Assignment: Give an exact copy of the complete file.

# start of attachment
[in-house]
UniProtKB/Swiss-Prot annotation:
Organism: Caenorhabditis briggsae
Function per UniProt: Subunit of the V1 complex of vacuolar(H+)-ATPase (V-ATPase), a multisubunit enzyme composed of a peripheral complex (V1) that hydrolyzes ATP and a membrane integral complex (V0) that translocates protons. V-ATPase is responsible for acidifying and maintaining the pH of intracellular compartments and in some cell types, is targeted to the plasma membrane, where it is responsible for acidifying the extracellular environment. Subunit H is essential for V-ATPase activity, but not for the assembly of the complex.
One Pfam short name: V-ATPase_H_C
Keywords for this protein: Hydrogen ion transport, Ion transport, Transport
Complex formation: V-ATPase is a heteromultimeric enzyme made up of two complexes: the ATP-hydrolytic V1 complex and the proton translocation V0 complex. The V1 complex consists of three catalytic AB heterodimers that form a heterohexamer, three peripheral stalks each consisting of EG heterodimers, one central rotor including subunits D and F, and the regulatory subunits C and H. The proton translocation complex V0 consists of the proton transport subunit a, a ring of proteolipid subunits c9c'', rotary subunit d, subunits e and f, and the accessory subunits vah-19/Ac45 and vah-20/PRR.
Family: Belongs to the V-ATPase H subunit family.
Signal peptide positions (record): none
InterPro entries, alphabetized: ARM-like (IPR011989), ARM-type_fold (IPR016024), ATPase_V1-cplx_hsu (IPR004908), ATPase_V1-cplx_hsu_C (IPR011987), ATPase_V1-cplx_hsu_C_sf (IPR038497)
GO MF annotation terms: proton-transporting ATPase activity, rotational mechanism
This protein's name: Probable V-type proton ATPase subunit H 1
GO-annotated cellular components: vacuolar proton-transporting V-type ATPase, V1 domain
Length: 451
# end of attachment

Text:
[in-house]
UniProtKB/Swiss-Prot annotation:
Organism: Caenorhabditis briggsae
Function per UniProt: Subunit of the V1 complex of vacuolar(H+)-ATPase (V-ATPase), a multisubunit enzyme composed of a peripheral complex (V1) that hydrolyzes ATP and a membrane integral complex (V0) that translocates protons. V-ATPase is responsible for acidifying and maintaining the pH of intracellular compartments and in some cell types, is targeted to the plasma membrane, where it is responsible for acidifying the extracellular environment. Subunit H is essential for V-ATPase activity, but not for the assembly of the complex.
One Pfam short name: V-ATPase_H_C
Keywords for this protein: Hydrogen ion transport, Ion transport, Transport
Complex formation: V-ATPase is a heteromultimeric enzyme made up of two complexes: the ATP-hydrolytic V1 complex and the proton translocation V0 complex. The V1 complex consists of three catalytic AB heterodimers that form a heterohexamer, three peripheral stalks each consisting of EG heterodimers, one central rotor including subunits D and F, and the regulatory subunits C and H. The proton translocation complex V0 consists of the proton transport subunit a, a ring of proteolipid subunits c9c'', rotary subunit d, subunits e and f, and the accessory subunits vah-19/Ac45 and vah-20/PRR.
Family: Belongs to the V-ATPase H subunit family.
Signal peptide positions (record): none
InterPro entries, alphabetized: ARM-like (IPR011989), ARM-type_fold (IPR016024), ATPase_V1-cplx_hsu (IPR004908), ATPase_V1-cplx_hsu_C (IPR011987), ATPase_V1-cplx_hsu_C_sf (IPR038497)
GO MF annotation terms: proton-transporting ATPase activity, rotational mechanism
This protein's name: Probable V-type proton ATPase subunit H 1
GO-annotated cellular components: vacuolar proton-transporting V-type ATPase, V1 domain
Length: 451